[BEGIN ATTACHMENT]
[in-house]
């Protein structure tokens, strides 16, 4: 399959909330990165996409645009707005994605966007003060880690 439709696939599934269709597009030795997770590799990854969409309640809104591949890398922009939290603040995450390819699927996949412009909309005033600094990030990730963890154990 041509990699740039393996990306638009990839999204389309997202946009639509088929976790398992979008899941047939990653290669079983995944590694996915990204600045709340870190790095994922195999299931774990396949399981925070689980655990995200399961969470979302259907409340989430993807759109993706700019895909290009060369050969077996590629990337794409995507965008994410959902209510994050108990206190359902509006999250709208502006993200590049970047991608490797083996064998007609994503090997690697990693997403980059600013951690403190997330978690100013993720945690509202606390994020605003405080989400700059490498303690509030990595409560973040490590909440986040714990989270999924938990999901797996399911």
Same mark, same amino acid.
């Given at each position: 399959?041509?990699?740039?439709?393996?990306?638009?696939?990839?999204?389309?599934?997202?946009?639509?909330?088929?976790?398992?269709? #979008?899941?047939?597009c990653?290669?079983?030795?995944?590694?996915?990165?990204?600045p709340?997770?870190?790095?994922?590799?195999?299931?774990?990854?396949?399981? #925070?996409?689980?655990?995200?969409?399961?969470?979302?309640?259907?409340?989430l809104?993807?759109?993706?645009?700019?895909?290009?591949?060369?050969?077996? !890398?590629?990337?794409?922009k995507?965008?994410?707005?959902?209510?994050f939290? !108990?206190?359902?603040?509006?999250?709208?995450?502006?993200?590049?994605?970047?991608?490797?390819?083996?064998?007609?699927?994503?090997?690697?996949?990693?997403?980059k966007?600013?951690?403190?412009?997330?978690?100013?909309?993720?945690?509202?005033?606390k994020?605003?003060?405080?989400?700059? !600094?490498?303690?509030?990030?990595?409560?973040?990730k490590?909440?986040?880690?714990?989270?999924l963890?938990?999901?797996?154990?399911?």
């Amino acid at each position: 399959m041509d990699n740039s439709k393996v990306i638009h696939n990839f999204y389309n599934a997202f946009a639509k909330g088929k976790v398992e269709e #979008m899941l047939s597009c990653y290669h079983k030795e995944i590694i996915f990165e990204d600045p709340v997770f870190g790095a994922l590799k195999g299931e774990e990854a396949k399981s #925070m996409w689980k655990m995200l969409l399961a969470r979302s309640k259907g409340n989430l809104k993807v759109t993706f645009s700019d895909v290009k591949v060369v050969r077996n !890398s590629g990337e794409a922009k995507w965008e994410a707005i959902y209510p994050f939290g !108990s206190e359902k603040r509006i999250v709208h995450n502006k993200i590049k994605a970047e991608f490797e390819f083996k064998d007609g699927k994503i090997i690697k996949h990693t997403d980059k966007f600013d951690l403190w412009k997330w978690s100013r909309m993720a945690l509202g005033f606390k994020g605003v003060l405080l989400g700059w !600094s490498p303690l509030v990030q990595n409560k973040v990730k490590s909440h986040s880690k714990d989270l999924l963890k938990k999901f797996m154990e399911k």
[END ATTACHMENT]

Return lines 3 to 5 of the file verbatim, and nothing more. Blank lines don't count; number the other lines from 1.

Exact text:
Same mark, same amino acid.
């Given at each position: 399959?041509?990699?740039?439709?393996?990306?638009?696939?990839?999204?389309?599934?997202?946009?639509?909330?088929?976790?398992?269709? #979008?899941?047939?597009c990653?290669?079983?030795?995944?590694?996915?990165?990204?600045p709340?997770?870190?790095?994922?590799?195999?299931?774990?990854?396949?399981? #925070?996409?689980?655990?995200?969409?399961?969470?979302?309640?259907?409340?989430l809104?993807?759109?993706?645009?700019?895909?290009?591949?060369?050969?077996? !890398?590629?990337?794409?922009k995507?965008?994410?707005?959902?209510?994050f939290? !108990?206190?359902?603040?509006?999250?709208?995450?502006?993200?590049?994605?970047?991608?490797?390819?083996?064998?007609?699927?994503?090997?690697?996949?990693?997403?980059k966007?600013?951690?403190?412009?997330?978690?100013?909309?993720?945690?509202?005033?606390k994020?605003?003060?405080?989400?700059? !600094?490498?303690?509030?990030?990595?409560?973040?990730k490590?909440?986040?880690?714990?989270?999924l963890?938990?999901?797996?154990?399911?």
């Amino acid at each position: 399959m041509d990699n740039s439709k393996v990306i638009h696939n990839f999204y389309n599934a997202f946009a639509k909330g088929k976790v398992e269709e #979008m899941l047939s597009c990653y290669h079983k030795e995944i590694i996915f990165e990204d600045p709340v997770f870190g790095a994922l590799k195999g299931e774990e990854a396949k399981s #925070m996409w689980k655990m995200l969409l399961a969470r979302s309640k259907g409340n989430l809104k993807v759109t993706f645009s700019d895909v290009k591949v060369v050969r077996n !890398s590629g990337e794409a922009k995507w965008e994410a707005i959902y209510p994050f939290g !108990s206190e359902k603040r509006i999250v709208h995450n502006k993200i590049k994605a970047e991608f490797e390819f083996k064998d007609g699927k994503i090997i690697k996949h990693t997403d980059k966007f600013d951690l403190w412009k997330w978690s100013r909309m993720a945690l509202g005033f606390k994020g605003v003060l405080l989400g700059w !600094s490498p303690l509030v990030q990595n409560k973040v990730k490590s909440h986040s880690k714990d989270l999924l963890k938990k999901f797996m154990e399911k």